J. B. Faure     (Henri de Curzon )
Item# B0943
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Product Description

J. B. Faure     (Henri de Curzon )
B0943. Henri de Curzon. J. B. Faure, 1830-1914: une gloire francaise de l'art lyrique. Paris, Librarie Fischbacher, 1923 (Original Edition). 183pp. Photos. (French Text) Softbound Excellent, uncut copy has various loose pages; certainly worthy of rebinding. Paris, Librarie Fischbacher, 1923 (Original Edition). 183pp. Incl.list of Faure's roles, Paris & London. Photos. (French Text) Softbound Excellent, uncut copy has various loose pages; certainly worthy of rebinding.

BIOGRAPHICAL NOTES:

“Jean-Baptiste Faure was a celebrated French operatic baritone and an art collector of great significance. He also composed a number of classical songs. He entered the Paris Conservatory in 1851 and made his operatic début the following year at the Opéra-Comique, as Pygmalion in Victor Massé's GALATHÉE. He remained at the Opéra-Comique for over seven years, singing baritone roles such as Max in Adolphe Adam's LE CHALET and Michel in Thomas' LE CAÏD. During this time he also created the Marquis d'Erigny in Auber's MANON LESCAUT (1856) and Hoël in Meyerbeer's LE PARDON DE PLOËRMEL (1859; later known as DINORAH), among seven premieres at that house.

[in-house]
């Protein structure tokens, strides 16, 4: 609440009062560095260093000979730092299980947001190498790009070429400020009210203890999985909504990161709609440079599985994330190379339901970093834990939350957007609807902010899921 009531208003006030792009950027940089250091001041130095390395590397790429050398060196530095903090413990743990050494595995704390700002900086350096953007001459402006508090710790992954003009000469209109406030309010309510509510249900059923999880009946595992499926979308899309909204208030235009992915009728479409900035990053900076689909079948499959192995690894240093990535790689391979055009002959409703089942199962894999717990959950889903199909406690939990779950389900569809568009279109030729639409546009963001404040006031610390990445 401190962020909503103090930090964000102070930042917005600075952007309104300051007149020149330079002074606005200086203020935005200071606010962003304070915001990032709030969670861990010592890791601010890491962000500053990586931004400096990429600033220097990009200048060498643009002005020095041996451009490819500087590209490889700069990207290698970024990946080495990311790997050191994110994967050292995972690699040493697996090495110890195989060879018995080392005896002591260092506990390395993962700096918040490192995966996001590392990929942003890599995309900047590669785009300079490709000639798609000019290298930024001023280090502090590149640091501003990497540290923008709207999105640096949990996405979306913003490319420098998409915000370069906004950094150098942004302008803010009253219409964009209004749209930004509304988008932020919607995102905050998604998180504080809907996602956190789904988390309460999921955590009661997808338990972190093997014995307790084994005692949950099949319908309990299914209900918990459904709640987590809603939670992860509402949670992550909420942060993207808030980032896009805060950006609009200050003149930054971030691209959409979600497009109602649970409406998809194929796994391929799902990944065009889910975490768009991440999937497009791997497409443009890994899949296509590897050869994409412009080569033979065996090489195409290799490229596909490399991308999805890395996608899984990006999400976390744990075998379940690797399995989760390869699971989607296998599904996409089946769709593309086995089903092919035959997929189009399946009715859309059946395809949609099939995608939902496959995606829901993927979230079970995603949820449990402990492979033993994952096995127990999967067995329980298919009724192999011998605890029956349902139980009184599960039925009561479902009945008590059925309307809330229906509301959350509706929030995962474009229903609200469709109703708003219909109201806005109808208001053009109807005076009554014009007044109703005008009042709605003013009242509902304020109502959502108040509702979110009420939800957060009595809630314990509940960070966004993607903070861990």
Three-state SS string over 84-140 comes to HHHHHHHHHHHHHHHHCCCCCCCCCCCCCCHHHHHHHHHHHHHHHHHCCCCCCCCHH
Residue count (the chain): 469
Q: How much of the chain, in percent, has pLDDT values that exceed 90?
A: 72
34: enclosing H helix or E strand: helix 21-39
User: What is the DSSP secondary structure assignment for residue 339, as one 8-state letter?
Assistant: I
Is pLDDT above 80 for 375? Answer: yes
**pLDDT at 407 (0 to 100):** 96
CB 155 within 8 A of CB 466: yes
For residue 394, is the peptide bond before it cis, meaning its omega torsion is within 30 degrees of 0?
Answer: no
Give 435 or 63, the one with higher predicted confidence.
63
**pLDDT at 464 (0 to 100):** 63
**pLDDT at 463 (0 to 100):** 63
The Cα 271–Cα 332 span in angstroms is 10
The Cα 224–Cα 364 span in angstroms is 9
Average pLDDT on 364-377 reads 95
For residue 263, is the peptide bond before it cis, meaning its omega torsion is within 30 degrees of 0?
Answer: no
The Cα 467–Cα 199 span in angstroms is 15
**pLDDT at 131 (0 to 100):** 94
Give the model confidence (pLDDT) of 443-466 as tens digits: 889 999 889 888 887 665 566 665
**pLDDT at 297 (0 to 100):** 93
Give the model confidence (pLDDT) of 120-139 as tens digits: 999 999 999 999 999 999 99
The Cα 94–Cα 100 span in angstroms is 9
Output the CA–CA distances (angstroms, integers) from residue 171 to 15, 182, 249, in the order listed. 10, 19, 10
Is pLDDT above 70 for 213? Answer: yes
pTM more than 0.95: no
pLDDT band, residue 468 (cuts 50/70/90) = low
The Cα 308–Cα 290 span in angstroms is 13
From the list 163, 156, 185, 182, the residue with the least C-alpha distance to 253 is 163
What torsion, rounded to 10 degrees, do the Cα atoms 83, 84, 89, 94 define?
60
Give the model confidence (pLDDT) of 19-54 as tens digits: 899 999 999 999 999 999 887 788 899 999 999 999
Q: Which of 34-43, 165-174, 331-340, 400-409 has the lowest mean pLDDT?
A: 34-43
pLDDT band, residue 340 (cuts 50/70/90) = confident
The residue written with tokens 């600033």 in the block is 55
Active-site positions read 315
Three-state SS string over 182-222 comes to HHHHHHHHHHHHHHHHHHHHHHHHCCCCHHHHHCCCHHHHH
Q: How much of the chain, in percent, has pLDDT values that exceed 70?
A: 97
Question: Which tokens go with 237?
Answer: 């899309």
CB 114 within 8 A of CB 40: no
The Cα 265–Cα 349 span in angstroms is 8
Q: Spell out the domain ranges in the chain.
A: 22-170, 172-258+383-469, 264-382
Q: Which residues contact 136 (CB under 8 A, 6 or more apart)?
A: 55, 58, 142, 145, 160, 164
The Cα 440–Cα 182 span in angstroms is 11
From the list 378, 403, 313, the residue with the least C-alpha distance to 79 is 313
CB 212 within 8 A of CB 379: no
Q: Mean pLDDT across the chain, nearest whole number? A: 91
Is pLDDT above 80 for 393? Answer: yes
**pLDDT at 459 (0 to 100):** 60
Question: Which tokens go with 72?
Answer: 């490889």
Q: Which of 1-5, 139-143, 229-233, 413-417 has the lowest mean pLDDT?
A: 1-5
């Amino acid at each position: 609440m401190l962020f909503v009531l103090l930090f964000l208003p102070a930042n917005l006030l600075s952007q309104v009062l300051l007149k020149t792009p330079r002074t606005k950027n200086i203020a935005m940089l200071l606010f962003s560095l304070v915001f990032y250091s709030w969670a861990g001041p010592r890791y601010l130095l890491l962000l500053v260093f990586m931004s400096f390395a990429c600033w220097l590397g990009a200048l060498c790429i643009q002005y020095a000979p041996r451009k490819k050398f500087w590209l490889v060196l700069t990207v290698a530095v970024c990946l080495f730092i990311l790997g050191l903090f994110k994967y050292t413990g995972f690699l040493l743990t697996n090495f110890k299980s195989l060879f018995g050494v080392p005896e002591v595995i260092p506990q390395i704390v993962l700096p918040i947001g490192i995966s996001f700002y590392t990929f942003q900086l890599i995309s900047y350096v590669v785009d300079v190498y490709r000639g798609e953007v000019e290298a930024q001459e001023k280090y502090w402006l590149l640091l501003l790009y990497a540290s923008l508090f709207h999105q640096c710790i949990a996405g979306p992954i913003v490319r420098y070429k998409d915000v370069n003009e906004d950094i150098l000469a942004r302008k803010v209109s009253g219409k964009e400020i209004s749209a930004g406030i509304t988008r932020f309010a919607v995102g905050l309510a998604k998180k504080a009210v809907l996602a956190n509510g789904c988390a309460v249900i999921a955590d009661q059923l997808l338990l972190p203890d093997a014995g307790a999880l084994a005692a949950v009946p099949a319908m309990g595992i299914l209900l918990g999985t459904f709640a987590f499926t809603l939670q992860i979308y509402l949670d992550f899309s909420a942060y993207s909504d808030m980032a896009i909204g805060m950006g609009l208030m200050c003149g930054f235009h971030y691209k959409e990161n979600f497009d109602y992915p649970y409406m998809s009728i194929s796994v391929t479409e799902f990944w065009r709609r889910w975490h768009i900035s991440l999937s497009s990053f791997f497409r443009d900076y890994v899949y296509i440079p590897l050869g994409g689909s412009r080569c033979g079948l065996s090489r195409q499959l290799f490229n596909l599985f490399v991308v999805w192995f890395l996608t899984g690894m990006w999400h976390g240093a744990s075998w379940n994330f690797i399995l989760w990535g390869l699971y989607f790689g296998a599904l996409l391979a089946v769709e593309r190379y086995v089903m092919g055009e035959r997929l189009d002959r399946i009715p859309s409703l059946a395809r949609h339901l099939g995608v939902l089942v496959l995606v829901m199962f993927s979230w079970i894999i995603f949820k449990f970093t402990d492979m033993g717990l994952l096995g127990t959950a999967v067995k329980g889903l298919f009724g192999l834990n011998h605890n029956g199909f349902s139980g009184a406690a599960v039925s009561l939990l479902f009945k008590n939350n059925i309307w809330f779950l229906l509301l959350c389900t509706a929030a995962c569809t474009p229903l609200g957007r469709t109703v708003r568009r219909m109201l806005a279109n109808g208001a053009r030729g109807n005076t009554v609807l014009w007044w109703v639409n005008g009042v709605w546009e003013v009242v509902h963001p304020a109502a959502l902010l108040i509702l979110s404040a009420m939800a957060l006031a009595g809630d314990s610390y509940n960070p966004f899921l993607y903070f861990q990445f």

He made his début at the Royal Opera House, London, in 1860 as Hoël, and at the Paris Opéra in 1861. He would sing at the Opéra every season until 1869 and then again in 1872-76 and 1878. In addition, he continued to perform off and on in London until 1877 at venues such as Her Majesty's Theatre and the Theatre Royal, Drury Lane.

He also made history by creating several important operatic roles written by such prominent composers as Giacomo Meyerbeer, Giuseppe Verdi and Ambroise Thomas. They included the leading baritone parts in L'AFRICAINE, DON CARLOS and HAMLET (in 1865, 1867, and 1868 respectively). His last stage appearances are recorded as taking place in Marseilles and Vichy in 1886.

The greatest of Faure's French heirs were the lyric bass Pol Plançon (1851-1914)—who modelled his vocal method directly on that of Faure—and Jean Lassalle (1847-1909), who succeeded Faure as principal baritone at the Paris Opéra. Both Plançon and Lassalle made a number of recordings during the early 1900s, and their cultivated performances for the gramophone preserve key elements of Faure's singing style and technique.”

Henri de Curzon was a French Historian and musicologist (1861 - 1942)